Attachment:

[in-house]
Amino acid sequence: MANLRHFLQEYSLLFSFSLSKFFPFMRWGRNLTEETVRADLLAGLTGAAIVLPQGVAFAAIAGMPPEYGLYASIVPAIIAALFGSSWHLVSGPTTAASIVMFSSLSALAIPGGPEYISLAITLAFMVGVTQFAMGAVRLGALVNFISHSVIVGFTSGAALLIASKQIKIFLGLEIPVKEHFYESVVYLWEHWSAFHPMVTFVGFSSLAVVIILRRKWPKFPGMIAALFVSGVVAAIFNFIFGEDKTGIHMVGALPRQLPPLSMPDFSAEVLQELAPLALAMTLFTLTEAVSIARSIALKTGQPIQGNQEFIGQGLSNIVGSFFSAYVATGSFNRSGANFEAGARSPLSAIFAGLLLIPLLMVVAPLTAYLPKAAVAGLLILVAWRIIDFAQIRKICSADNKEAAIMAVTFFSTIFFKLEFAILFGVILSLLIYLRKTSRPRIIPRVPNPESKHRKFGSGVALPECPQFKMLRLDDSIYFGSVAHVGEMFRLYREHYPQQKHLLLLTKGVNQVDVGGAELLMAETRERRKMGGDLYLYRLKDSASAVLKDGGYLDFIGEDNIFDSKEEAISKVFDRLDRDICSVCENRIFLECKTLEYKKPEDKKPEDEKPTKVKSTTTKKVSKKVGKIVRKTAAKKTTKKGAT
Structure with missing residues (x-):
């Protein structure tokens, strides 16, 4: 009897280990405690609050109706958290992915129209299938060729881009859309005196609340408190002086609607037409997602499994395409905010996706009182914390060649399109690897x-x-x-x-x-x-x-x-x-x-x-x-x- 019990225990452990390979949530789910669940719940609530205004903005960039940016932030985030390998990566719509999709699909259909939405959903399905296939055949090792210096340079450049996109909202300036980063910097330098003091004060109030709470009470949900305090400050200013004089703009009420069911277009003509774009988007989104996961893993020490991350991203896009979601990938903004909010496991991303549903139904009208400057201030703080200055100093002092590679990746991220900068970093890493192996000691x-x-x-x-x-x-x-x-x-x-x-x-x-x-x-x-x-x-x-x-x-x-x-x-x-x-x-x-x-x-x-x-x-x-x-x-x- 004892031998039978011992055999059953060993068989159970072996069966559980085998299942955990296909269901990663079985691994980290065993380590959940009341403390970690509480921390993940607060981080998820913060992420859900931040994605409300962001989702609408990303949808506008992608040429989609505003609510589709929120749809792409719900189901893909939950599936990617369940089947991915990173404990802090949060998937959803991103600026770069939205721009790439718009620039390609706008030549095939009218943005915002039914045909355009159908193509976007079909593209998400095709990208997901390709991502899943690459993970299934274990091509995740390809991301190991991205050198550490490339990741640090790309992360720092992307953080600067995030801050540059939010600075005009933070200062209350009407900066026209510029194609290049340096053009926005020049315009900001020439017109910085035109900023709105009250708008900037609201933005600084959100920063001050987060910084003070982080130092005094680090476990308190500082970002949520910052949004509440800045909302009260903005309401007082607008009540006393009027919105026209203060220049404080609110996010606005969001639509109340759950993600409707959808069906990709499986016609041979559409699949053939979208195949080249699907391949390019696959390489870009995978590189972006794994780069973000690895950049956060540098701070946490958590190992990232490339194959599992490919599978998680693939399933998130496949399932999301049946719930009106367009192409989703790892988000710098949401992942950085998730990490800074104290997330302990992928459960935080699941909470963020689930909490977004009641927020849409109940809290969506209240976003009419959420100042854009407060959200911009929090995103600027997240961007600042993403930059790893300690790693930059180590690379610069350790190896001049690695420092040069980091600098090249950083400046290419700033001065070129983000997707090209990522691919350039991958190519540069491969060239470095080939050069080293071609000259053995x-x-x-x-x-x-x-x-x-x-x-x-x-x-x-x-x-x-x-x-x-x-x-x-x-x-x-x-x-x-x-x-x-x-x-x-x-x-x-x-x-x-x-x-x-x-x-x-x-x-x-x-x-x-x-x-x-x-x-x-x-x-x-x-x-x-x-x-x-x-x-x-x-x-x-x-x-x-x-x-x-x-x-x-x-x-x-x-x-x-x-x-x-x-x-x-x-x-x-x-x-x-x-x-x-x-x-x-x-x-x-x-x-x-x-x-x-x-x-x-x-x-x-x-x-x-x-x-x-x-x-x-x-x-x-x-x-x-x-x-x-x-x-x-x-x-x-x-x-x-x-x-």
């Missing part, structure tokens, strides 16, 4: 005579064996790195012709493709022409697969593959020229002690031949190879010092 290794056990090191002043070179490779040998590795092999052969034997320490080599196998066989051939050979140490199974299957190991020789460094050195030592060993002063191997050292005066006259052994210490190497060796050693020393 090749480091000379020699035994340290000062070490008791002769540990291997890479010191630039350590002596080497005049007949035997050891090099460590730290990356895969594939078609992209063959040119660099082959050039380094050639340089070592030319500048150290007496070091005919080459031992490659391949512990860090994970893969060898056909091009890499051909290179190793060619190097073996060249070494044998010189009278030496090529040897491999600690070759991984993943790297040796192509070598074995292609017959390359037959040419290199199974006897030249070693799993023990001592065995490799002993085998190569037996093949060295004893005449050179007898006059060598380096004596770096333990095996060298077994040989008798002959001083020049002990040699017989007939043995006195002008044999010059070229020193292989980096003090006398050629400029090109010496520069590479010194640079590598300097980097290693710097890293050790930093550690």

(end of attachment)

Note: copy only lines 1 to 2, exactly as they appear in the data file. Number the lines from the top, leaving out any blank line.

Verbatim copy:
[in-house]
Amino acid sequence: MANLRHFLQEYSLLFSFSLSKFFPFMRWGRNLTEETVRADLLAGLTGAAIVLPQGVAFAAIAGMPPEYGLYASIVPAIIAALFGSSWHLVSGPTTAASIVMFSSLSALAIPGGPEYISLAITLAFMVGVTQFAMGAVRLGALVNFISHSVIVGFTSGAALLIASKQIKIFLGLEIPVKEHFYESVVYLWEHWSAFHPMVTFVGFSSLAVVIILRRKWPKFPGMIAALFVSGVVAAIFNFIFGEDKTGIHMVGALPRQLPPLSMPDFSAEVLQELAPLALAMTLFTLTEAVSIARSIALKTGQPIQGNQEFIGQGLSNIVGSFFSAYVATGSFNRSGANFEAGARSPLSAIFAGLLLIPLLMVVAPLTAYLPKAAVAGLLILVAWRIIDFAQIRKICSADNKEAAIMAVTFFSTIFFKLEFAILFGVILSLLIYLRKTSRPRIIPRVPNPESKHRKFGSGVALPECPQFKMLRLDDSIYFGSVAHVGEMFRLYREHYPQQKHLLLLTKGVNQVDVGGAELLMAETRERRKMGGDLYLYRLKDSASAVLKDGGYLDFIGEDNIFDSKEEAISKVFDRLDRDICSVCENRIFLECKTLEYKKPEDKKPEDEKPTKVKSTTTKKVSKKVGKIVRKTAAKKTTKKGAT